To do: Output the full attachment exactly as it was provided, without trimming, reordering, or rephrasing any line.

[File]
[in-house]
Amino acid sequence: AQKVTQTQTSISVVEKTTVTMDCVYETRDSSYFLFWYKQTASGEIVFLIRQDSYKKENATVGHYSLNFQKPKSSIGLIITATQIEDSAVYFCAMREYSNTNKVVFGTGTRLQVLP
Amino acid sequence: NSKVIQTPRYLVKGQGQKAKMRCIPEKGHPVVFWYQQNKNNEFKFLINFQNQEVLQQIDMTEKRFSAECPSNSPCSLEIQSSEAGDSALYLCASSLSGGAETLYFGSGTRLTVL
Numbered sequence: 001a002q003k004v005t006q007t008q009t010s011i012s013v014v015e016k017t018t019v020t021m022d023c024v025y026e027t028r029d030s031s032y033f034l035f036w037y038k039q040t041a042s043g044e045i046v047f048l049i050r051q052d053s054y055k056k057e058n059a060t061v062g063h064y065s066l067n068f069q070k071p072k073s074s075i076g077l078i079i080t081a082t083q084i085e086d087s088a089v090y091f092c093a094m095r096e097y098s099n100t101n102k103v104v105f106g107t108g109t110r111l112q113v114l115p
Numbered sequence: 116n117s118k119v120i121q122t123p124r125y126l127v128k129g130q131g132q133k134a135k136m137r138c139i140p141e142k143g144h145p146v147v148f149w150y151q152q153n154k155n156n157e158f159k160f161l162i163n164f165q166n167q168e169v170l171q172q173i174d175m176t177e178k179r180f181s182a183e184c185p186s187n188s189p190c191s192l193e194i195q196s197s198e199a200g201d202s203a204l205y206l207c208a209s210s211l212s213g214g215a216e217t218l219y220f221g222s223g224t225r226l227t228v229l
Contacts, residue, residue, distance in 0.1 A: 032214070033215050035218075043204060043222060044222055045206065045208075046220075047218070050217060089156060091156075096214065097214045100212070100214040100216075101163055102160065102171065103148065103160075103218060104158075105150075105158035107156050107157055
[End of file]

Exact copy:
[in-house]
Amino acid sequence: AQKVTQTQTSISVVEKTTVTMDCVYETRDSSYFLFWYKQTASGEIVFLIRQDSYKKENATVGHYSLNFQKPKSSIGLIITATQIEDSAVYFCAMREYSNTNKVVFGTGTRLQVLP
Amino acid sequence: NSKVIQTPRYLVKGQGQKAKMRCIPEKGHPVVFWYQQNKNNEFKFLINFQNQEVLQQIDMTEKRFSAECPSNSPCSLEIQSSEAGDSALYLCASSLSGGAETLYFGSGTRLTVL
Numbered sequence: 001a002q003k004v005t006q007t008q009t010s011i012s013v014v015e016k017t018t019v020t021m022d023c024v025y026e027t028r029d030s031s032y033f034l035f036w037y038k039q040t041a042s043g044e045i046v047f048l049i050r051q052d053s054y055k056k057e058n059a060t061v062g063h064y065s066l067n068f069q070k071p072k073s074s075i076g077l078i079i080t081a082t083q084i085e086d087s088a089v090y091f092c093a094m095r096e097y098s099n100t101n102k103v104v105f106g107t108g109t110r111l112q113v114l115p
Numbered sequence: 116n117s118k119v120i121q122t123p124r125y126l127v128k129g130q131g132q133k134a135k136m137r138c139i140p141e142k143g144h145p146v147v148f149w150y151q152q153n154k155n156n157e158f159k160f161l162i163n164f165q166n167q168e169v170l171q172q173i174d175m176t177e178k179r180f181s182a183e184c185p186s187n188s189p190c191s192l193e194i195q196s197s198e199a200g201d202s203a204l205y206l207c208a209s210s211l212s213g214g215a216e217t218l219y220f221g222s223g224t225r226l227t228v229l
Contacts, residue, residue, distance in 0.1 A: 032214070033215050035218075043204060043222060044222055045206065045208075046220075047218070050217060089156060091156075096214065097214045100212070100214040100216075101163055102160065102171065103148065103160075103218060104158075105150075105158035107156050107157055